Carney tried to cast doubt on the truthfulness of the inventory I presented. Furthermore, under oath, he stated “some of the items I received I no longer have because I gave them away to third parties. I discarded other items due to the degraded and unusable condition they were in when I received them. Finally, I discarded other items at later dates after they were worn-out by the normal wear and tear of being used.” This is sworn statement from Carney who, earlier, on his website bragged, “Mark is a great friend and gave me almost everything he owned when he left New York for France… So I am now the ‘Mark Rappaport Archive.’ I have the largest collection of material by him in the world: file cabinets and storage bins full of amazing things: production notebooks, film prints, rough drafts, revisions, scripts, film stock, DVDs, tapes, notes, jottings, journals, etc. etc. etc. It’s a dream come true for me and one of the major film collections by one of the world’s greatest artists. All being preserved for posterity at any cost.” http://people.bu.edu/rcarney/aboutrc/letters57.shtml (PLEASE NOTE: If this interests you, go to the website before this entry is removed.)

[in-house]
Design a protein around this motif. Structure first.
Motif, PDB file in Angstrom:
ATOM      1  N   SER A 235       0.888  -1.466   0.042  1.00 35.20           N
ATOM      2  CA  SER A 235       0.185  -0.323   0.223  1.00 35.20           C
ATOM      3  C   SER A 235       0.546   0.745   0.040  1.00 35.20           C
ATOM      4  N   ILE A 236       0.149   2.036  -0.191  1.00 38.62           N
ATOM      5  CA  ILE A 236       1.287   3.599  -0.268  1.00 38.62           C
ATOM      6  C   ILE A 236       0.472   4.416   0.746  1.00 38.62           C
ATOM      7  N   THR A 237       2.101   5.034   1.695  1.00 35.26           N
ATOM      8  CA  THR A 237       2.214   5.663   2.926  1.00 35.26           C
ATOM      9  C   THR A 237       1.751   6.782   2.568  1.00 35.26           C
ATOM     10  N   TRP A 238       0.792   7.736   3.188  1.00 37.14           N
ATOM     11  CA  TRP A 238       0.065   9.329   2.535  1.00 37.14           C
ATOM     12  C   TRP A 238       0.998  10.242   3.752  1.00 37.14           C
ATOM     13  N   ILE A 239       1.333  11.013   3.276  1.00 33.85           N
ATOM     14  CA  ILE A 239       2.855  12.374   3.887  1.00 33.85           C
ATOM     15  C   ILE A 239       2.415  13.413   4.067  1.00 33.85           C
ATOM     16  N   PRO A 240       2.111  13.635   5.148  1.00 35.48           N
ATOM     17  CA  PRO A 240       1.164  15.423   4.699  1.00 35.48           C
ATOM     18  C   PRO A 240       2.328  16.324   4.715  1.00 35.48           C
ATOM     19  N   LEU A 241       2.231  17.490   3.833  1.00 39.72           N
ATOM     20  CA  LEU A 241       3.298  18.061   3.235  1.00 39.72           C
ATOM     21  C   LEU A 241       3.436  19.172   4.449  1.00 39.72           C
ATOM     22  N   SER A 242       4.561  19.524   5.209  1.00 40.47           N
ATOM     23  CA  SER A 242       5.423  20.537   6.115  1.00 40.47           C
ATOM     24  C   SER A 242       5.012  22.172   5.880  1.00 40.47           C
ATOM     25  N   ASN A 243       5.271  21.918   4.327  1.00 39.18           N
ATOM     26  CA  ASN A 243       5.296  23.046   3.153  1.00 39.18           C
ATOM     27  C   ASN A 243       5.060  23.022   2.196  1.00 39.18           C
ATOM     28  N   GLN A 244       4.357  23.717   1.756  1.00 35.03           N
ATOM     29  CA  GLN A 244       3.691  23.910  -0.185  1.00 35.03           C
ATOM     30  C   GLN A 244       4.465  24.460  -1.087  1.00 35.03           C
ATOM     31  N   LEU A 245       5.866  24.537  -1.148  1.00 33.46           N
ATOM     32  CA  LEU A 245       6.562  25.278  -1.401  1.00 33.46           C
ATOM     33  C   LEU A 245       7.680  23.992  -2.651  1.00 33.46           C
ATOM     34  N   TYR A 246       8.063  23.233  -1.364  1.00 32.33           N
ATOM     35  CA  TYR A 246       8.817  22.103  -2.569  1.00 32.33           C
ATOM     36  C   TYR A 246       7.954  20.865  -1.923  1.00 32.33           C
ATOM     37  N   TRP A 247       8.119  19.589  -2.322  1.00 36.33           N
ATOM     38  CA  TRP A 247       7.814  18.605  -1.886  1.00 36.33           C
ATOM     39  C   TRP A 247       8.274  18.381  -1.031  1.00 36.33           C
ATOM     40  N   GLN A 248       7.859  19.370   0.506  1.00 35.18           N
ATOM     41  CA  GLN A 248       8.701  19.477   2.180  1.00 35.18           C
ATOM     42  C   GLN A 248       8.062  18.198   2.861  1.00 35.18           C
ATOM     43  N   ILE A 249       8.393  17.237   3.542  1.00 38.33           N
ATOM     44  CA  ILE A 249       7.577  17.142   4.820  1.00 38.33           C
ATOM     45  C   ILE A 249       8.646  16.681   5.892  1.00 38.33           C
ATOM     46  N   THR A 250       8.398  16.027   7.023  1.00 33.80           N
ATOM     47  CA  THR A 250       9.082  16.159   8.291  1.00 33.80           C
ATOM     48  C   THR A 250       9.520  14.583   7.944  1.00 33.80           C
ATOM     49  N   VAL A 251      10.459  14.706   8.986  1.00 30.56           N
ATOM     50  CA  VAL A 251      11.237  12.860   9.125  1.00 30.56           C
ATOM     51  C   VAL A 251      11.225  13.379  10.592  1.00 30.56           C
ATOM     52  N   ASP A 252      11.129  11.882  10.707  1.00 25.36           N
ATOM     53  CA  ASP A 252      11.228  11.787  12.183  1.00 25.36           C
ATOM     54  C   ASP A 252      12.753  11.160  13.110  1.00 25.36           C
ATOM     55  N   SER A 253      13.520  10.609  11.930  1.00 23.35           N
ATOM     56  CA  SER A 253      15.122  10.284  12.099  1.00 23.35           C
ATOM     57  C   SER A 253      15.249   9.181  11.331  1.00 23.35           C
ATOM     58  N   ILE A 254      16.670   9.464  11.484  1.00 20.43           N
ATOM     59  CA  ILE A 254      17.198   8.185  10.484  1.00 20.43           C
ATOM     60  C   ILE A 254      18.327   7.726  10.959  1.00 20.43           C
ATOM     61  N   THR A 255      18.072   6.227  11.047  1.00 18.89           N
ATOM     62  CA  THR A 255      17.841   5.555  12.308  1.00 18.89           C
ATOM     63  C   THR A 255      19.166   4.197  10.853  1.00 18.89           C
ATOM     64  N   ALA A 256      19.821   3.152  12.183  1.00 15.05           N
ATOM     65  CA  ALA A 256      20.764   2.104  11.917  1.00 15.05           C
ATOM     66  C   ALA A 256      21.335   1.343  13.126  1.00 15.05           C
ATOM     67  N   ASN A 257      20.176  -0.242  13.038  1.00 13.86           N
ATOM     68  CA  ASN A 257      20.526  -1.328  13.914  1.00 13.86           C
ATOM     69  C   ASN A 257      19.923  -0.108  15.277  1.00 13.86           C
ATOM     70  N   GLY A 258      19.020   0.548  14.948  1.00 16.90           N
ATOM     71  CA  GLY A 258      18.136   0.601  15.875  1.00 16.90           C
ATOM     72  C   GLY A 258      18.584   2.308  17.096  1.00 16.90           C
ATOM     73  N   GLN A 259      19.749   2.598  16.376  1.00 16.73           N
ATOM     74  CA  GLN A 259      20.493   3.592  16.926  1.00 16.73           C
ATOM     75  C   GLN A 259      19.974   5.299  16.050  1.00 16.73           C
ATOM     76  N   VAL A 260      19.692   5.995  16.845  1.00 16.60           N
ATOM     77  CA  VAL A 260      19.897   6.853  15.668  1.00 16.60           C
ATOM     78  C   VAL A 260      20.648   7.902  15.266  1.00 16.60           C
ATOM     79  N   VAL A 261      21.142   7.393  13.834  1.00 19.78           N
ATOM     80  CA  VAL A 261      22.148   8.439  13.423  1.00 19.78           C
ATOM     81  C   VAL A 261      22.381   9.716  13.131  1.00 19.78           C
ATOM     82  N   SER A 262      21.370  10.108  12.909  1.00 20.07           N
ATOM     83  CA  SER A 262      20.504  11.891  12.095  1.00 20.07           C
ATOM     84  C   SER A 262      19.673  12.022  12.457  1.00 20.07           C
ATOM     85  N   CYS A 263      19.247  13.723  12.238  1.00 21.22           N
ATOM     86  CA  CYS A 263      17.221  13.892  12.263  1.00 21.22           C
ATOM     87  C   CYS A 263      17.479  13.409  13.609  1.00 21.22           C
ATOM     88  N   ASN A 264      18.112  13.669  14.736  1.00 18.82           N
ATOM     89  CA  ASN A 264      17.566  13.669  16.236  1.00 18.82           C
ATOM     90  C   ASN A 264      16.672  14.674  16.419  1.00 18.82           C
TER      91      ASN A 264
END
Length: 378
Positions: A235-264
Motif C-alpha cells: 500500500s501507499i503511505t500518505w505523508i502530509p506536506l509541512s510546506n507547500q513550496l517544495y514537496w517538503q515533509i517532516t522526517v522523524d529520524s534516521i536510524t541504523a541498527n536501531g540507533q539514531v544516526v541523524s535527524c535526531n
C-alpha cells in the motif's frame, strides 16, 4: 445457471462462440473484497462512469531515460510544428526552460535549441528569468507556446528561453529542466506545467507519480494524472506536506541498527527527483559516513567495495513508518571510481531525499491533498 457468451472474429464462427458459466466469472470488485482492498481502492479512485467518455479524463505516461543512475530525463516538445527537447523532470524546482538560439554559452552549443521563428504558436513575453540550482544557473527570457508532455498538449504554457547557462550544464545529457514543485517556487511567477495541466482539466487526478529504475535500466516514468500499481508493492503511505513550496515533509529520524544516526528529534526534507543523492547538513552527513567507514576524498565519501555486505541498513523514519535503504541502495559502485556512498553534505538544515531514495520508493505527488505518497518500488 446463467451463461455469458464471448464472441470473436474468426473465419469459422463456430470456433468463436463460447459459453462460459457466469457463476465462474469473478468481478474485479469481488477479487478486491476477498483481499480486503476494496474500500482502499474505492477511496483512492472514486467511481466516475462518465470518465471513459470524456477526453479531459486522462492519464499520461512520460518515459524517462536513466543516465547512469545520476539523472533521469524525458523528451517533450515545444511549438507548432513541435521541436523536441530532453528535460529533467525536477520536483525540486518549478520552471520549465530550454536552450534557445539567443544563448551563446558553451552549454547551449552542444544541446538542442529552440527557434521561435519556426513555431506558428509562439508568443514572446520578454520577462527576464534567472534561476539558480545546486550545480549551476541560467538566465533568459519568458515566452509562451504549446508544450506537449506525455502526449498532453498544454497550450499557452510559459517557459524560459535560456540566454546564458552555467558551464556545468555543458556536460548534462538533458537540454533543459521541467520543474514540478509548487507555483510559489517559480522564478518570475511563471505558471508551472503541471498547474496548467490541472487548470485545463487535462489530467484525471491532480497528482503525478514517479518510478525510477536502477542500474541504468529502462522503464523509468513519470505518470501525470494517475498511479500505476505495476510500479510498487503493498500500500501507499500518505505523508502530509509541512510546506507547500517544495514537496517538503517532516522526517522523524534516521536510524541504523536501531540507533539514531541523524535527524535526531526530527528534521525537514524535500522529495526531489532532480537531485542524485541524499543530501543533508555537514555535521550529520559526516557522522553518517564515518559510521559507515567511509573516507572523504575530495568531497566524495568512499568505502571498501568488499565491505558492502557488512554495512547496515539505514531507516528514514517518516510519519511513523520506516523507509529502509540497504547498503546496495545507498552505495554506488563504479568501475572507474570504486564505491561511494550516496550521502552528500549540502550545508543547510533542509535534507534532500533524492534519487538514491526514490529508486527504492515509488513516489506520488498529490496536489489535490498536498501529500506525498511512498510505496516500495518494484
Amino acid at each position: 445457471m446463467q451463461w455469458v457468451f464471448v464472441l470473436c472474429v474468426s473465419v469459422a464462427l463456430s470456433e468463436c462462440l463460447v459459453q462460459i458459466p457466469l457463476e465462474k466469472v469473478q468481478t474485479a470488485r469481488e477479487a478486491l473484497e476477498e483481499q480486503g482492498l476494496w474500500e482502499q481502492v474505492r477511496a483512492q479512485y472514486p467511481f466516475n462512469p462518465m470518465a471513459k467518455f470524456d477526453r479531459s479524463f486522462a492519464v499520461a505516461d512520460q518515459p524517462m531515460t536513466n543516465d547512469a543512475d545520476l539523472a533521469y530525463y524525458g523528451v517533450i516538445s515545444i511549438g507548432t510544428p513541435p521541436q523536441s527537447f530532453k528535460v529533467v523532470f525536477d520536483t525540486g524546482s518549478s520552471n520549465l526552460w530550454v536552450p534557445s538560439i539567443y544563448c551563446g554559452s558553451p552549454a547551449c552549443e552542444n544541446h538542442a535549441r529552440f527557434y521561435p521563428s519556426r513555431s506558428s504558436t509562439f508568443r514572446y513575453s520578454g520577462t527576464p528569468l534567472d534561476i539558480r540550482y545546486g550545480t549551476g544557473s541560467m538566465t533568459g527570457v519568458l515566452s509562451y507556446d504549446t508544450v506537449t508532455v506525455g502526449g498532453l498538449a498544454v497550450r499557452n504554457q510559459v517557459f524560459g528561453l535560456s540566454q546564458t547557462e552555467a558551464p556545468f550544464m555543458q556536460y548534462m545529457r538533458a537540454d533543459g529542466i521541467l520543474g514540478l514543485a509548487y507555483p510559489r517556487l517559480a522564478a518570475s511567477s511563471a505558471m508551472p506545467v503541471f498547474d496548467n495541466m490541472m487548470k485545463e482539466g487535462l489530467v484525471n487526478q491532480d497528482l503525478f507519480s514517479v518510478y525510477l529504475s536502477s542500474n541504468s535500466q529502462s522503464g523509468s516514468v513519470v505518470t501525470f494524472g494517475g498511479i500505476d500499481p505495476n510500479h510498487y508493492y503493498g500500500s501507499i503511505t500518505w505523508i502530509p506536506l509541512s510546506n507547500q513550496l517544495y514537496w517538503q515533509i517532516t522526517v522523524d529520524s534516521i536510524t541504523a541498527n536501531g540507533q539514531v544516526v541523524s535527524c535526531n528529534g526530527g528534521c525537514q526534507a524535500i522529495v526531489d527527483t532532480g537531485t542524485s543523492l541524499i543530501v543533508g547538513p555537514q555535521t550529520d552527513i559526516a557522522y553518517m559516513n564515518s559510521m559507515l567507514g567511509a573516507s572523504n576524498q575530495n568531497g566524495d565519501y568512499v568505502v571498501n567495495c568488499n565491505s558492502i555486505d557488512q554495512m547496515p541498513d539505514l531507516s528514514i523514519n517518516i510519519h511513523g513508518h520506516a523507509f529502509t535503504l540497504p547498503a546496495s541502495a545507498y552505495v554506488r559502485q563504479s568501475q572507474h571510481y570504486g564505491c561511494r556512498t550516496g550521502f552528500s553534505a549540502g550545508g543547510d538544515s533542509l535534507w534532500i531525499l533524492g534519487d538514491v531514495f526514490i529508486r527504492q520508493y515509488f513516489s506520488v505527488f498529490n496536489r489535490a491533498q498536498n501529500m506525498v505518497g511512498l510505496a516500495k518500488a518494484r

Elsewhere, he describes me as “a genuine national treasure.”

The judge, at a pre-trial hearing, demanded that Carney supply the court with a full inventory of what he still had, what he gave away, and what he destroyed. Carney subsequently delivered a full inventory—which included absolutely everything I gave him. None of it had been given away or destroyed. Although he clearly had perjured himself, I was ecstatic to learn my materials were intact. After four and a half months of this, Carney got in touch with me to propose a deal, saying, “I sincerely wish you well and I am sorry this issue has come between us.” “I am willing,” he writes, to “ship everything back for a modest consideration, simply to cover my costs and the time and trouble of having stored the material for the past seven-and-a-half years.” In return for my own films, I was to pay him $27,000! Some may call this extortion, I call it merely outrageous. Just to put it in perspective, that would equal 3 years of the monies I get from Social Security. To continue the suit to trial would have cost me about the same amount, in addition to the thousands I had already spent. I couldn’t afford to continue.

Just when I filed for a dismissal of the suit, Carney demanded back, because he claims they were part of “the gift” I gave him, the video masters that he returned to me in 2010—namely From the Journals of Jean Seberg, Postcards, Exterior Night, and John Garfield.

I’ve heard somewhat similar stories from other filmmakers, although none quite as breathtaking as this.
For a variety of reasons, I think this is a cautionary tale you might consider emailing to colleagues, friends, and acquaintances who are interested in the conservation and protection of works by non-mainstream filmmakers, film preservation in general, and archiving not just films but film-related artifacts of the recent past by independent filmmakers. Please feel free email this letter, post this on Facebook pages, and submit it to various blogs.